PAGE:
It’s a brand-new year, a brand-new decade and a chance for everyone to have 2020 vision.

As we were preparing to step over the line into 2020, I realized that I was now entering my fourth decade at Cornerstone.  The nineties, Y2K to 2010, 2010 to 2019 and now the Roaring Twenties.   And that caused me to stop and reflect a little bit on where we’ve been, but more important on where we are going.

25 years ago, on January 8th 1995 seven people gathered together in a living room on Basinview Drive in Bedford to discuss what a new church could look like.  It was the first official worship gathering of the group that would eventually become Cornerstone Wesleyan Church.

And that evening we sang some songs, we read some scripture and we dreamed of what God would do if we let him.

If you are interested, that night there was Angela and I, a young lady from Australia by the name of Rebecca Perry, Stan and Karen Wickwire and Ian and Sylvia Richardson.  Of that original group of seven, five are still a part of Cornerstone.

And I’m not sure that we could have envisioned where we are today. Pretty sure that we couldn’t imagine the building being here.

I remember, the first time I drove from Bedford into Kingswood, to visit a perspective contact.  As I drove down the dirt road called Kingswood Drive, past the twenty-five or thirty homes that had been built, I thought to myself, why would anyone live out here?  Indeed.

And in the twenty-five years since that first small group met, there have been a lot of changes.

We’ve worshipped in a half a dozen different places, we’ve sung a multitude of different songs, Denn has worn suits, jeans and business casual on the platform.

There have been people who have made Cornerstone their church home and are still here and others who made Cornerstone their church home and who have moved on.  There have been weddings, funerals, baptisms and baby dedications.

But through all of the years and all of the changes, there has been one thing that has remained constant, and that is we’ve been a church.

And understand that while it would be another four months before we would launch our public worship service on April 9, 1995, on that Sunday evening in January of 1995, the church that would become Cornerstone Wesleyan Church met for the first time.

And through the good times and the bad times, the scripture that I continue to come back to is a portion of what was read this morning, and those are the words of Jesus in Matthew 16:18  Now I say to you that you are Peter (which means ‘rock’), and upon this rock I will build my church, and all the powers of hell will not conquer it.  And more specifically, I will build my church, and all the powers of hell will not conquer it.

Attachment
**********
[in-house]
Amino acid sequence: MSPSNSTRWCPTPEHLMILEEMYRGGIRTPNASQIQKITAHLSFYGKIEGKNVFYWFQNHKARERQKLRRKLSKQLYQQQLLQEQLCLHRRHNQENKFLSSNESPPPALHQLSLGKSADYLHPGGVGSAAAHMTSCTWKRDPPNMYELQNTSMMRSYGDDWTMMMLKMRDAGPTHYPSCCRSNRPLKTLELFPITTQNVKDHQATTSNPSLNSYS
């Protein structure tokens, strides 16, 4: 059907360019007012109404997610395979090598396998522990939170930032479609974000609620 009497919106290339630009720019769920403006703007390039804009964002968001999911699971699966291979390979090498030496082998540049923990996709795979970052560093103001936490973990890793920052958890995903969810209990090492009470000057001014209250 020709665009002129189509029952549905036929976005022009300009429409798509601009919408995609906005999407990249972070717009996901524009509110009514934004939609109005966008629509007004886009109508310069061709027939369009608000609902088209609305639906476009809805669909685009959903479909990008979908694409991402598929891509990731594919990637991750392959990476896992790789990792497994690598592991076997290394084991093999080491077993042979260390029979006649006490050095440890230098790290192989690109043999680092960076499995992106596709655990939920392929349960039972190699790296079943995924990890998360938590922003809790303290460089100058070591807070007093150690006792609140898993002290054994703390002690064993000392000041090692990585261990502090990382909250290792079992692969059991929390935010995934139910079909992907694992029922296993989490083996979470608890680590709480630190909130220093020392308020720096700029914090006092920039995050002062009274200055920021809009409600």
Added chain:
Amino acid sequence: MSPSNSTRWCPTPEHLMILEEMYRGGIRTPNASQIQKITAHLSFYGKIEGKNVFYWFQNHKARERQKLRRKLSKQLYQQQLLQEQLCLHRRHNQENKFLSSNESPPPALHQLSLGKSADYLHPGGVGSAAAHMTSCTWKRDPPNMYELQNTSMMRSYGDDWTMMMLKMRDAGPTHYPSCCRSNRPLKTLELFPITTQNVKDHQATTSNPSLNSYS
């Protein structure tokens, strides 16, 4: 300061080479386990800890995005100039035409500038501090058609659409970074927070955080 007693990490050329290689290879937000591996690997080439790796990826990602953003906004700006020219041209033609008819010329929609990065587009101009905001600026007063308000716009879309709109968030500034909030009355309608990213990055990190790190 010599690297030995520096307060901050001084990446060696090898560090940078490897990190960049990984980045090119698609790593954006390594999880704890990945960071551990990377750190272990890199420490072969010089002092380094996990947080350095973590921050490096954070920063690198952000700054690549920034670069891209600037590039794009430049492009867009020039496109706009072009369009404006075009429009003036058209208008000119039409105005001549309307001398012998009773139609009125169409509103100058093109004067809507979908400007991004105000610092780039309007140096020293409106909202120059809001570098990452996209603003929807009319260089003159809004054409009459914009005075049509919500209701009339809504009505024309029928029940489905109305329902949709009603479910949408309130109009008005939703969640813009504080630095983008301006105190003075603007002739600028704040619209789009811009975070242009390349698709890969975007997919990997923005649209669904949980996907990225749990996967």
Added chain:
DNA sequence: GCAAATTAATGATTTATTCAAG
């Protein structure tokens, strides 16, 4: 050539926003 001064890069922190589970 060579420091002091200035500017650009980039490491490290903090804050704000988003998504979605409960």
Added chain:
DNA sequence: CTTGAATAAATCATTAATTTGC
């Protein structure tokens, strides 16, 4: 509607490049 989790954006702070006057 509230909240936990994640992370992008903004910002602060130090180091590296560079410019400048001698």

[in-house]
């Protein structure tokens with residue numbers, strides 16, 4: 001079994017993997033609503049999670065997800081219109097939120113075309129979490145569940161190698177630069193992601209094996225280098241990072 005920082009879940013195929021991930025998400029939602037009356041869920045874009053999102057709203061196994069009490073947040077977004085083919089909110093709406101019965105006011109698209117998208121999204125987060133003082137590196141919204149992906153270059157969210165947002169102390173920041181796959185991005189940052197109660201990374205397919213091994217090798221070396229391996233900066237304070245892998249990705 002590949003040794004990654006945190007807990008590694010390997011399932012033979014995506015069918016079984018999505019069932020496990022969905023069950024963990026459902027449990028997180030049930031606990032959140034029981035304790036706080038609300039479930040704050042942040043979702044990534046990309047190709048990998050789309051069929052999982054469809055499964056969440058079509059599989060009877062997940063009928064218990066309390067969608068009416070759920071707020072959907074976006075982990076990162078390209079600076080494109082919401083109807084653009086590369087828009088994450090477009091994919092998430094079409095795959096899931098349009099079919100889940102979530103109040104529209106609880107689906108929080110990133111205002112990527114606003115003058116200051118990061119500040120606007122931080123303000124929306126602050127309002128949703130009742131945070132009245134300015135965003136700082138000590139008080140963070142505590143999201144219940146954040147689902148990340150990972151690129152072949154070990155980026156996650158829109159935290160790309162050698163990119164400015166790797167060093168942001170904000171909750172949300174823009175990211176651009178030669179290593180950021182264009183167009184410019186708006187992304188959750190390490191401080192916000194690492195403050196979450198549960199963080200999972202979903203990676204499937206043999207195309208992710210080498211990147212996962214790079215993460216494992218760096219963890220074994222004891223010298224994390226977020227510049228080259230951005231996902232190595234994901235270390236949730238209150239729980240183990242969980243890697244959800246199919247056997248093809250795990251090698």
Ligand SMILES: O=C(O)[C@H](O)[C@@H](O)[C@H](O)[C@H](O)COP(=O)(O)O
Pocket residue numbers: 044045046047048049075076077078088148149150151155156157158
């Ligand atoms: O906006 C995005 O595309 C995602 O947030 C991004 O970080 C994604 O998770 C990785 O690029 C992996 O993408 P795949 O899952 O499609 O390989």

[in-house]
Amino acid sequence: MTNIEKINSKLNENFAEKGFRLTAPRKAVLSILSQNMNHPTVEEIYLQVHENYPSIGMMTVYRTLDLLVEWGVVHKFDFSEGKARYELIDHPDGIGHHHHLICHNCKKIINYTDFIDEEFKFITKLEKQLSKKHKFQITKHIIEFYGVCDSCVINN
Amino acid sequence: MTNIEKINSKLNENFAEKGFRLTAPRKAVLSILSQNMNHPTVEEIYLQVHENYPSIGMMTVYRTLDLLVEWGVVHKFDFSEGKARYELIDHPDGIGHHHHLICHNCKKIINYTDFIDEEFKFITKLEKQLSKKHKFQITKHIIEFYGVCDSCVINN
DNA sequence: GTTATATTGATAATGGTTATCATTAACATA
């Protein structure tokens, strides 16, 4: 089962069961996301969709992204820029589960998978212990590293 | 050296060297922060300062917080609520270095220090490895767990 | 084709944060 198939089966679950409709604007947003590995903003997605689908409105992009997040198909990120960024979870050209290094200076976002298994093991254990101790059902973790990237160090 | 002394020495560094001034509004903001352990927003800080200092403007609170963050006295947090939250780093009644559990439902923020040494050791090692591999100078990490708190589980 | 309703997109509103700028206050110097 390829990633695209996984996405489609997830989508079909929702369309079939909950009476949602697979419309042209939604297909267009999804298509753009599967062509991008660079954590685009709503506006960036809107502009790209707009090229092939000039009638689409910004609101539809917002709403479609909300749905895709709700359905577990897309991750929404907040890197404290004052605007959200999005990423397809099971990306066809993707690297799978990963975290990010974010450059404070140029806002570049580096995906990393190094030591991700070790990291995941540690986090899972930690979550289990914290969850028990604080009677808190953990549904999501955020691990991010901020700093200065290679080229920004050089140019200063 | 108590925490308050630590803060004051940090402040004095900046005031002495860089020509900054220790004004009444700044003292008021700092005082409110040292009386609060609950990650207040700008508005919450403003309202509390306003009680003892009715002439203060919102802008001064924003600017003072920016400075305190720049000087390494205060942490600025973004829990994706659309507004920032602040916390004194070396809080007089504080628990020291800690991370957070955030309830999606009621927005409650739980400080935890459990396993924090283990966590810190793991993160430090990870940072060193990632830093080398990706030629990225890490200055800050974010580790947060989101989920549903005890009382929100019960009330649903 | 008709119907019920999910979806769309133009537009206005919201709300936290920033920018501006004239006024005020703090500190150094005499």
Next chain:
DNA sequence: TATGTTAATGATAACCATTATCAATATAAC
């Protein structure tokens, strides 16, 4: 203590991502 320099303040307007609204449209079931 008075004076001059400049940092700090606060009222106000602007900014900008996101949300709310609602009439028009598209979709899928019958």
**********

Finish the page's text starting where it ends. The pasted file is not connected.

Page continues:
You don’t have to go very far in that scripture to get into a discussion of what the church is and what the church isn’t.

The church was not established by man, not by Peter, or Constantine, or Augustine, or Luther, or Calvin, or Wesley, or Guptill.   The church has been established by Jesus Christ.   The church is a divine institution.

The problem is that all too often we get the church confused with the church. We get mixed up. 

A building may be a church building, but it is never the church, I don’t know how many times, right after we moved into the building that I was asked by well-meaning people, “How do you feel now that you have a church?”  and my response is “We’ve had a church since 1995, now we have a place to put it.” 

This morning, the first Sunday of a new month, a new year and a new decade, I’d like to share my thoughts on our Church, Cornerstone, as we move forward after 25 years.

There Will Be Things We Did Then, That We Can’t Do Now  Every once in a while I’ll have someone mention something they miss about when Cornerstone was small. 

Although, that number is getting smaller.  There are only 19 people worshipping at Cornerstone today who were worshipping with us before we moved into the building.

And for the first ten year of our existence we were small by every measure. For most of that time we averaged under 50 in our Sunday Morning worship, we had a part time pastor, that would be me and Mike was a volunteer treasurer/administrator and he can tell you about the financial challenges of those days. 

But there will be those who remember the potlucks that we had on the second Sunday of every month after the service.   That’s not going to happen in 2020. Sorry! Logistically it would be close to impossible.   

Sometimes there will be those who wistfully remember knowing everybody at Cornerstone.  The reality is that they probably didn’t know everybody at Cornerstone, but they knew most everybody.

I’ve always prided myself in being good with names and faces, I was the person who knew everybody at Cornerstone.  But as much as I’d like to think I know all of you, there are people who consider Cornerstone their church home, and I don’t have a clue who they are.  I wish I did, but on the other hand I’m very glad that we’ve grown to a place where that is now very difficult for me.